Niluh hopes that, in the meantime, foreigners – including social media influencers – will support local people to keep Bali safe. “To the foreigners who have followers, let’s hold hands together with Balinese. Have a little empathy. You may avoid posting (controversial posts), and (have) concern for the people where you stay,” she said.
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Brexit: British Embassy launches survey on key issues affecting UK nationals in Spain | Brexit | International
The British Embassy in Madrid has launched a survey aimed at finding out how UK nationals in Spain have been affected by key issues, in particular, the United Kingdom’s exit from the European Union, a process commonly known as Brexit.
The poll is for Britons who are full-time residents in Spain (not those with second homes) and are covered by the Brexit Withdrawal Agreement, i.e. they were officially registered in the country before December 31, 2020, when the so-called Transition Period came to an end.
Questions in the survey address issues such as access to healthcare and the uptake of the TIE residency cards, which were introduced as a replacement for green residency cards (either the credit-card size or the A4 sheet version, officially known as the Certificado de Registro de Ciudadano de la Unión).
The aim of the poll is to gather vital information on the experience of UK nationals living in Spain that will help the British Embassy provide feedback to Spanish authorities. The survey takes around 10 minutes to complete, and all answers are confidential.
Have you heard our Spanish news podcast ¿Qué? Each week we try to explain the curious, the under-reported and sometimes simply bizarre news stories that are often in the headlines in Spain.
‘The challenge for us now is drought, not war’: livelihoods of millions of Afghans at risk | Global development
The war in Afghanistan might be over but farmers in Kandahar’s Arghandab valley face a new enemy: drought.
It has hardly rained for two years, a drought so severe that some farmers are questioning how much longer they can live off the land.
Mohammed Rahim, 30, grew up working on a farm along with his father and grandfather in the Arghandab district of Afghanistan’s southern province. Famous for its fruit and vegetables, the area is known as the bread basket of Kandahar.
Like most in the valley, Rahim’s family relies solely on farming. “The fighting has just stopped. Peace has returned,” Rahim says. “But now we face another war: drought.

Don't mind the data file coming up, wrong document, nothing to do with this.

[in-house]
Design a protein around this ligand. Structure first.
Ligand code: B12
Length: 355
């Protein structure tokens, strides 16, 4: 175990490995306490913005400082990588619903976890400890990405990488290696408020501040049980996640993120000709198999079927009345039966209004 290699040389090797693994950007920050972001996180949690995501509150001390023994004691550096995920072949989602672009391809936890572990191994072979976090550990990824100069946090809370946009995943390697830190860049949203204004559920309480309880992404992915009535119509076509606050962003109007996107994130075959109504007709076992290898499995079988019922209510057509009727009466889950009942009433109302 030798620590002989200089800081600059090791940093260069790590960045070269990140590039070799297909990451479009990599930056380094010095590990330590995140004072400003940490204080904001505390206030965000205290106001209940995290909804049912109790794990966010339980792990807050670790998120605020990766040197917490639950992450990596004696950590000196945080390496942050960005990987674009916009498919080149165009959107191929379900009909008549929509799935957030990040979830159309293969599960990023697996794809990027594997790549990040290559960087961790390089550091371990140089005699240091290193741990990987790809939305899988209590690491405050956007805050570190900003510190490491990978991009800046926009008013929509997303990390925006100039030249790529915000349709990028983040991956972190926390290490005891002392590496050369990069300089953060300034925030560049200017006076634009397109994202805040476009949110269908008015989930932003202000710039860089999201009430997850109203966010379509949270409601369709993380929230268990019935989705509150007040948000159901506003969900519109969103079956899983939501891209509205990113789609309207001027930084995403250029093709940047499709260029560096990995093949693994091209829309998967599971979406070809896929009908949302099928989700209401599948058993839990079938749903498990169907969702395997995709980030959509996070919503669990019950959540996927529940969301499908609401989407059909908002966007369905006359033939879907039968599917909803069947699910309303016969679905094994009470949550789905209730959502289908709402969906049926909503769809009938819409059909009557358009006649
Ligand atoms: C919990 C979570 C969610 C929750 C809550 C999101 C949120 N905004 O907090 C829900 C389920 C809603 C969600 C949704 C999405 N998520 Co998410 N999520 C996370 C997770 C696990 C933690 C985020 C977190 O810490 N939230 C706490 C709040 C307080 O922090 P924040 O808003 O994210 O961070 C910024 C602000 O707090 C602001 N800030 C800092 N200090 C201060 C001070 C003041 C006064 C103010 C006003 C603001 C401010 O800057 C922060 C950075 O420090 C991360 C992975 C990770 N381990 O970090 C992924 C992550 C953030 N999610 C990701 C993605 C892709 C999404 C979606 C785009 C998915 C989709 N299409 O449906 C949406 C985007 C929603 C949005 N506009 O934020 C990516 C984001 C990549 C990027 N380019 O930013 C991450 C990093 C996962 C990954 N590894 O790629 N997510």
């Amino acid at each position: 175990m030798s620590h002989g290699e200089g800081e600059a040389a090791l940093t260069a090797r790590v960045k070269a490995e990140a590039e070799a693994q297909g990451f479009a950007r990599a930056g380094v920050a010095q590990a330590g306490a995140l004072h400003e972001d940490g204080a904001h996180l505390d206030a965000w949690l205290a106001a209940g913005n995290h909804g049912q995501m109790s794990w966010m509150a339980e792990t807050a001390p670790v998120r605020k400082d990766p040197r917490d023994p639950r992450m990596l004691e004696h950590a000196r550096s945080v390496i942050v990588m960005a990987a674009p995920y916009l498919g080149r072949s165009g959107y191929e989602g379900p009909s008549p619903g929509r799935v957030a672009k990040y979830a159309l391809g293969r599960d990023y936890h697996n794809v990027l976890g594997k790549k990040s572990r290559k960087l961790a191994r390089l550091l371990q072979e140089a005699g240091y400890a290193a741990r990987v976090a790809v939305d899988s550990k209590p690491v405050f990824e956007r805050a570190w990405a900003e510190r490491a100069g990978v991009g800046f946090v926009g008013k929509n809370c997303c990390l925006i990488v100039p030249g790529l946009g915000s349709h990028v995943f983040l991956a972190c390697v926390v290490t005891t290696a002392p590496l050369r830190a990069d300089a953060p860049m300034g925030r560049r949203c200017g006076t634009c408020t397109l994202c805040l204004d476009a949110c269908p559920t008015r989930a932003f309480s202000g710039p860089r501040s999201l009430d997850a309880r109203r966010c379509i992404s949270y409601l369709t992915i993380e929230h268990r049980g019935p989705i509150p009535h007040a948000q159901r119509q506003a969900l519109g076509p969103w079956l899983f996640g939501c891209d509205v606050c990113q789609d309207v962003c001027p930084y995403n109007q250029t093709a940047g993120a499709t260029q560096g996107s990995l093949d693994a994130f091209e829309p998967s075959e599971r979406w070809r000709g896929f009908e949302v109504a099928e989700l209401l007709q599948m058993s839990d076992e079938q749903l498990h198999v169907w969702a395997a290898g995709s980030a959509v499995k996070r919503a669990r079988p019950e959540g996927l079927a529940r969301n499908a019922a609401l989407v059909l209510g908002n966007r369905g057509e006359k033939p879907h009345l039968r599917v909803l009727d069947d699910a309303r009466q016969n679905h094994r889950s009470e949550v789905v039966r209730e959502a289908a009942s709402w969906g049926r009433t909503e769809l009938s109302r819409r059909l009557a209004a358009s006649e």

“Now we have to dig deep to pump water out of the land. It has been two years, there has been little rain and we have a drought here. I don’t know if our coming generations can rely on farming the way our ancestors used to do.”
Pir Mohammed, 60, has been a farmer for more than four decades. “Not long ago, there were water channels flowing into the farm and we were providing the remaining water to other farmers,” says Mohammed. “Before, the water was running after us, flowing everywhere – but now we are running after water.”
The water used to come free from the river but now the daily diesel cost for the water pump is at least 2,500 Afghani (£21).
“We don’t make any profit. We are in loss, rather. Instead, we are using our savings. But we don’t have any other option as we do it for survival,” says Mohammed. “However, the scarcity of water has affected the quality of crops as well.”
About 70% of Afghans live in rural areas and are particularly vulnerable to the impacts of drought.
Last week, Rein Paulsen, director of the Food and Agriculture Organization’s Office of Emergencies and Resilience, said severe drought was affecting 7.3 million people in 25 of the country’s 34 provinces.
He warned: “If agriculture collapses further, it will drive up malnutrition, increase displacement and worsen the humanitarian situation.”
Arghandab has been a favourite destination for farming because of the abundance of water and fertile lands. Neikh Mohammed, 40, left the Dand district of Kandahar to work in Arghandab in 2005. When he arrived he was amazed to see the greenery and pomegranate farms.
“It used to rain a lot here and we could not cross the river and come into our farms. We had a life with abundant water. But the past is another country now,” he says.
According to a report by the UN mission in Afghanistan, many local farmers were caught in the crossfire between the Taliban and the Afghan security forces. The Taliban carried out attacks from thick foliage on the farms, which provided a hiding place, ideal for an ambush.
“For the past 20 years, we did not have peace and could not work after dark in our farms. But now we can stay as long as we want without any fear,” says Neikh Mohammed. “Now the challenge is not just restoring peace but the drought and escalating cost of essential commodities.”
Farmers say they want support from international aid agencies and assistance from the new government headed by the Taliban to help them survive.
Pir Mohammed says: “The real challenge for us now is drought, not war. We need food, water, dams and infrastructure in our country. The world should invest in us and save us.”